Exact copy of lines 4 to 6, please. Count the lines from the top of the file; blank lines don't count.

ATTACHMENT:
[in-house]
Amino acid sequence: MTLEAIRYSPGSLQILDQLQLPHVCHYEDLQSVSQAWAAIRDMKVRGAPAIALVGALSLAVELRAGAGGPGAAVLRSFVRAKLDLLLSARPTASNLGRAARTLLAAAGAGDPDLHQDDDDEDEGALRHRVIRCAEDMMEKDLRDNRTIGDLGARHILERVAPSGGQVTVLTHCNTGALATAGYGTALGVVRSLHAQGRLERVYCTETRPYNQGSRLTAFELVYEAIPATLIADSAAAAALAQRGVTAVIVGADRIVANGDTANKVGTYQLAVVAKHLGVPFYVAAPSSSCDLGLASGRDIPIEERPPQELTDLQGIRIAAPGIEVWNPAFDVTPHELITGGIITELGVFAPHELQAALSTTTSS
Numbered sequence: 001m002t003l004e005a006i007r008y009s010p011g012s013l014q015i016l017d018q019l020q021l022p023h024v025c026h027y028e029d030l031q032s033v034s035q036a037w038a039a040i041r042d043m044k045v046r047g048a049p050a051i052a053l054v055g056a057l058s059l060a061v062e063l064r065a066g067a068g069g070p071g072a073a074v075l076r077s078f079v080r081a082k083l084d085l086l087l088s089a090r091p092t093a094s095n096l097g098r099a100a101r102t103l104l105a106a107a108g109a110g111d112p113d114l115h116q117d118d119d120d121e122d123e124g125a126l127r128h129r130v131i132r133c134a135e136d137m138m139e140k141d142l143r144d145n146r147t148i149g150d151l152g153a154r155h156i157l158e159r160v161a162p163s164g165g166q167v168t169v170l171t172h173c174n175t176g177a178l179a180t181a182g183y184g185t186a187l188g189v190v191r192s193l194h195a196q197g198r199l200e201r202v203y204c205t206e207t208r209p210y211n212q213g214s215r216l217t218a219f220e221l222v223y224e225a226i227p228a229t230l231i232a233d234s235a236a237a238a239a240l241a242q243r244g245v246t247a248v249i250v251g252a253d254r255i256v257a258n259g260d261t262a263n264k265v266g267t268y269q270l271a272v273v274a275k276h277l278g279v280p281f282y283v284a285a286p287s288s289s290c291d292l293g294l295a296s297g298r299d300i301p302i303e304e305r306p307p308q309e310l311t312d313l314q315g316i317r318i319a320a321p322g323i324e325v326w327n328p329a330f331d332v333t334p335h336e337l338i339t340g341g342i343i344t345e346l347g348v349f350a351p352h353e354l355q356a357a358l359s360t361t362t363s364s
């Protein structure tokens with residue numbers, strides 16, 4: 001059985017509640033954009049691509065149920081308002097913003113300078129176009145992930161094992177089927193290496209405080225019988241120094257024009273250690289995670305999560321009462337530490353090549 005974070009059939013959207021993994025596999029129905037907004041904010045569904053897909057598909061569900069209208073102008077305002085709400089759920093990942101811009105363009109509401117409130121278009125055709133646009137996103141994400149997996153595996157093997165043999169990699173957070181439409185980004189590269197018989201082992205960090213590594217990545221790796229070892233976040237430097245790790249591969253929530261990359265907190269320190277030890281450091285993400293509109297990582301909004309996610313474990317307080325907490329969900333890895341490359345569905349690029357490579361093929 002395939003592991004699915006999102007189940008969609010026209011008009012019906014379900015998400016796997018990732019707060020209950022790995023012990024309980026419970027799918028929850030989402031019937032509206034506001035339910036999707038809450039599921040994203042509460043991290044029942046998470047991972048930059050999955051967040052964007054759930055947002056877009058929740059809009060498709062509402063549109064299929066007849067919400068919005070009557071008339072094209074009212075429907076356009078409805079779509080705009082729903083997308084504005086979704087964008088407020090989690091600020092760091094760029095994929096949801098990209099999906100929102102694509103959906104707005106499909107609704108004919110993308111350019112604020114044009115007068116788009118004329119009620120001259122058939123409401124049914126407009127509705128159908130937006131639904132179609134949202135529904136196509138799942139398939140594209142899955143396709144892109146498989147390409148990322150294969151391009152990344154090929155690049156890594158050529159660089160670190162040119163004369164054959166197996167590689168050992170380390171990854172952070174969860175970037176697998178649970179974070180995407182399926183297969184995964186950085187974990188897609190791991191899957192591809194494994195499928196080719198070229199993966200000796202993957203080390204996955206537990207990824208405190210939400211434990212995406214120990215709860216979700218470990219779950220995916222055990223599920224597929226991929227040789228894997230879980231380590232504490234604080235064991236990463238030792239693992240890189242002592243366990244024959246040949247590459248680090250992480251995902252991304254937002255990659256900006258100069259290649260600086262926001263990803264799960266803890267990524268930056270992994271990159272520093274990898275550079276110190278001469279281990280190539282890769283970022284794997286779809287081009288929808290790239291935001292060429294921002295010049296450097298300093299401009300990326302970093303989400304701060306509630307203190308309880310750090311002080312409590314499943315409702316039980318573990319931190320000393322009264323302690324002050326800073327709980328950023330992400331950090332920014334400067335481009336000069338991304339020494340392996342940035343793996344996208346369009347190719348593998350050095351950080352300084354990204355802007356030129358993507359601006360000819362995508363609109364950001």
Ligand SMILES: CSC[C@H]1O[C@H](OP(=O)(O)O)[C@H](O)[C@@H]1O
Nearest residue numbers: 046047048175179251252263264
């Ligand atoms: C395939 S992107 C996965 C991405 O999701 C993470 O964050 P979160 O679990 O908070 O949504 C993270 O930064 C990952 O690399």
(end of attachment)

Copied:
């Protein structure tokens with residue numbers, strides 16, 4: 001059985017509640033954009049691509065149920081308002097913003113300078129176009145992930161094992177089927193290496209405080225019988241120094257024009273250690289995670305999560321009462337530490353090549 005974070009059939013959207021993994025596999029129905037907004041904010045569904053897909057598909061569900069209208073102008077305002085709400089759920093990942101811009105363009109509401117409130121278009125055709133646009137996103141994400149997996153595996157093997165043999169990699173957070181439409185980004189590269197018989201082992205960090213590594217990545221790796229070892233976040237430097245790790249591969253929530261990359265907190269320190277030890281450091285993400293509109297990582301909004309996610313474990317307080325907490329969900333890895341490359345569905349690029357490579361093929 002395939003592991004699915006999102007189940008969609010026209011008009012019906014379900015998400016796997018990732019707060020209950022790995023012990024309980026419970027799918028929850030989402031019937032509206034506001035339910036999707038809450039599921040994203042509460043991290044029942046998470047991972048930059050999955051967040052964007054759930055947002056877009058929740059809009060498709062509402063549109064299929066007849067919400068919005070009557071008339072094209074009212075429907076356009078409805079779509080705009082729903083997308084504005086979704087964008088407020090989690091600020092760091094760029095994929096949801098990209099999906100929102102694509103959906104707005106499909107609704108004919110993308111350019112604020114044009115007068116788009118004329119009620120001259122058939123409401124049914126407009127509705128159908130937006131639904132179609134949202135529904136196509138799942139398939140594209142899955143396709144892109146498989147390409148990322150294969151391009152990344154090929155690049156890594158050529159660089160670190162040119163004369164054959166197996167590689168050992170380390171990854172952070174969860175970037176697998178649970179974070180995407182399926183297969184995964186950085187974990188897609190791991191899957192591809194494994195499928196080719198070229199993966200000796202993957203080390204996955206537990207990824208405190210939400211434990212995406214120990215709860216979700218470990219779950220995916222055990223599920224597929226991929227040789228894997230879980231380590232504490234604080235064991236990463238030792239693992240890189242002592243366990244024959246040949247590459248680090250992480251995902252991304254937002255990659256900006258100069259290649260600086262926001263990803264799960266803890267990524268930056270992994271990159272520093274990898275550079276110190278001469279281990280190539282890769283970022284794997286779809287081009288929808290790239291935001292060429294921002295010049296450097298300093299401009300990326302970093303989400304701060306509630307203190308309880310750090311002080312409590314499943315409702316039980318573990319931190320000393322009264323302690324002050326800073327709980328950023330992400331950090332920014334400067335481009336000069338991304339020494340392996342940035343793996344996208346369009347190719348593998350050095351950080352300084354990204355802007356030129358993507359601006360000819362995508363609109364950001």
Ligand SMILES: CSC[C@H]1O[C@H](OP(=O)(O)O)[C@H](O)[C@@H]1O
Nearest residue numbers: 046047048175179251252263264